Rules for playing with a three-year-old

It’s the end of a rainy weekend. I estimate that over the past 48 hours, I have spent at least 20 trying to dream up ways to entertain two tiny tyrants.

Through the course of this latest wintry endurance event, I have discovered some key things about playing with a three-year-old.

The rules make no sense. I don’t mind joining in the weird make-believe games in which I am often pretending to be him and he is being some random person I don’t know, or a dragon, or a superhero, or … you get the picture. But then he’ll tell me for this game I have to be willing to “kermangle” or some other such made-up word. I have no idea what this means and he isn’t going to tell me but it is VITALLY IMPORTANT THAT I DO IT IMMEDIATELY. I usually look so stricken that he takes pity on me.

Even when I do understand the words, the conversations are nuts. We spent about half an hour talking about robots and how the robots might one day have a fight with bees but the bees would have to win because we need bees (aye mum?!!!) but robots are big and strong and awesome and we should have a robot that lives with us.

He’s only listening to me when I don’t want him to be. “Put your gumboots on so your feet don’t get wet.” “Please could you put your gumboots on?” “Where are your gumboots?” “How about we find your gumboots… Oh your feet are muddy – that’s why I suggested we might wear gumboots.” But one almost-silent “damn” under my breath and he suddenly has hearing to rival a gifted dog and an indelible memory.

Whatever we do, he must win. He’s totally got the hang of competitions and races and generally winning. But he’s not always so clear on the rules. For some unknown reason I agreed to play a version of statues – that game where you dance when the music is on and stop when it stops. Even though I controlled the music and he kept dancing through every music break, he won. Then he demanded I come up with a prize.

Their attention spans are short… He really really really wants to play trains. But you can guarantee that by the time I set the track up he will be off playing with his rubbish truck and look at me, completely mystified when I suggest he comes back. Or by the time I’ve climbed up in the cupboard to dig out all the colouring pencils and paper, he’s decided that what he’d really rather do is make a fort out of his bedding.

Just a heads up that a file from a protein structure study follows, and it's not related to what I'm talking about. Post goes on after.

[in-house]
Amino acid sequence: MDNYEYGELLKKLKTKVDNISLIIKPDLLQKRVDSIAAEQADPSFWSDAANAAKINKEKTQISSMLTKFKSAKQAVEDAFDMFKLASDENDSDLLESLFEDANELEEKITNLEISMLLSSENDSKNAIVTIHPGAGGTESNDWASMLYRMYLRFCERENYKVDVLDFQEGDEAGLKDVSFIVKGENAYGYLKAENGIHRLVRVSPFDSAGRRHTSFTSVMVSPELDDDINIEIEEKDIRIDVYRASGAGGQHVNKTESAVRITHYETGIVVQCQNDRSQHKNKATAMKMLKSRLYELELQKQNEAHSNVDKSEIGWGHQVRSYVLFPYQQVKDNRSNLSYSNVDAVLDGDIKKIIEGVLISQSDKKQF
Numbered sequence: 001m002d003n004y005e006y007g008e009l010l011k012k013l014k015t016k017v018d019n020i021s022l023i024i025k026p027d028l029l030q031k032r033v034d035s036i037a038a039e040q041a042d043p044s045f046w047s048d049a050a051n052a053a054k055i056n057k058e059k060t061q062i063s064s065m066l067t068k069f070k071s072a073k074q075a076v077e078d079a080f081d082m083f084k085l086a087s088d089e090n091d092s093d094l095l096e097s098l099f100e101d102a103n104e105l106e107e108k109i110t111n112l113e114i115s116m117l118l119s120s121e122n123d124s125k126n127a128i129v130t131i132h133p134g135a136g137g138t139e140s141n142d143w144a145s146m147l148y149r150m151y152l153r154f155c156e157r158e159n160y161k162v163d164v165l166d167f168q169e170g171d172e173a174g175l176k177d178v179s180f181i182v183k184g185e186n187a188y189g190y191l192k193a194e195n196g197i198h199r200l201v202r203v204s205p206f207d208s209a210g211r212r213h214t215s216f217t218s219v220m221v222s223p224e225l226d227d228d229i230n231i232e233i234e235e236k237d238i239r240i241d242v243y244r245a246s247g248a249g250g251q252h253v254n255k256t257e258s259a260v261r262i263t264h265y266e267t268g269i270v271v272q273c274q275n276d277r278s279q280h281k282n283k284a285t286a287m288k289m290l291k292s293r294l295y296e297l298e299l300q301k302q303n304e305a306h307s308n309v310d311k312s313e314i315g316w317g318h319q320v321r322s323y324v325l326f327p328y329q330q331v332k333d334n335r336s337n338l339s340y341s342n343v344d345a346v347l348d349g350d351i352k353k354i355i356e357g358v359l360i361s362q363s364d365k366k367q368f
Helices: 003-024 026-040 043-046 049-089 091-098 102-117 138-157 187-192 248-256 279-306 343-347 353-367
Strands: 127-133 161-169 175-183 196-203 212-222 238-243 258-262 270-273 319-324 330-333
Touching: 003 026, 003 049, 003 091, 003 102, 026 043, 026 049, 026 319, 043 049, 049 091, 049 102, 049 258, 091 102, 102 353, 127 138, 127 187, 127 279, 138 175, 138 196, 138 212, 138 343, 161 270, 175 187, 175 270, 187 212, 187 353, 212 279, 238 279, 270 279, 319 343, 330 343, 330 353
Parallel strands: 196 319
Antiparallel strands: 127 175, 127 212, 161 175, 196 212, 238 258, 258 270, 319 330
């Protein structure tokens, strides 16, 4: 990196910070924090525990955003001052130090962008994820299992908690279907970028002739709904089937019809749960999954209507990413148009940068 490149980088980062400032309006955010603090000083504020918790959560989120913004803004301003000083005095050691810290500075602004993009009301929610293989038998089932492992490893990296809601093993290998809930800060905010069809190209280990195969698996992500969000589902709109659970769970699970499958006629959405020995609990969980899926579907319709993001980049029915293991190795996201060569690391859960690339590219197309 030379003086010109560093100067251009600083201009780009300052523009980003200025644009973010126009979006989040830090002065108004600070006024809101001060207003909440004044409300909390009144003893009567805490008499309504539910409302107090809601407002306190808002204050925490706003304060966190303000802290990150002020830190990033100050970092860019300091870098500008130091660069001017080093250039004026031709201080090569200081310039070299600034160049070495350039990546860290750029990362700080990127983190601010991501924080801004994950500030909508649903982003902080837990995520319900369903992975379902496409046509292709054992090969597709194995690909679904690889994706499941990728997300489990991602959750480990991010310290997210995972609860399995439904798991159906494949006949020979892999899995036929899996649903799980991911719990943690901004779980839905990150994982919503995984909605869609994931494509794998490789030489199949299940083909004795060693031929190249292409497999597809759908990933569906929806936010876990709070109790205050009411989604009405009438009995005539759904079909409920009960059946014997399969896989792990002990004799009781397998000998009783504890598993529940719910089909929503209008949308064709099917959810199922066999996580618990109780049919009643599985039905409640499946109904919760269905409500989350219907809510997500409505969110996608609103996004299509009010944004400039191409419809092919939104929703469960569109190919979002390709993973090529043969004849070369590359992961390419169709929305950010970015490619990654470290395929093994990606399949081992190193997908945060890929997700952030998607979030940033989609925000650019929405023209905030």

Except when they’re not. When we’re not jumping from one activity straight to the next, we get stuck doing the same thing over and over and over. And over. I thought it might be fun to hide some painted rocks in the house, since we couldn’t go out and hunt for other people’s creations outside. He agreed. So it ended up that we had nine rock hunts in which I had to hide the rocks in EXACTLY THE SAME PLACE in the house each time.

The danger element makes the game. He’s going through a stage of jumping off things. The couch, the coffee table, the bed. But it’s not fun if I get the bean bag out and put it in place to catch his fall. It’s only really good if there’s something large and heavy in the way to narrowly miss.

None of his toys are as good as the things he’s not meant to be playing with. Over the weekend I found a whisk, a spoon, a memo pad, a pile of my pens and an amethyst crystal all used in the place of any number of his 456 perfectly good toys. It took me until 10.30 this morning to find my keys, which had somehow ended up in the toy box.

Some of the best stuff happens when you’re at peak “wtf is going on”.  About half-way through Sunday afternoon we were sitting on the couch, me pleading with him to keep his voice down as he battled monsters with his Maui hook, because his sister was asleep. I said: “I like hanging out with you.” He turned around and gave me a hug and said: “I like hanging out with you, too, Mum.” That earned him at least another couple of hours of rock hunting.


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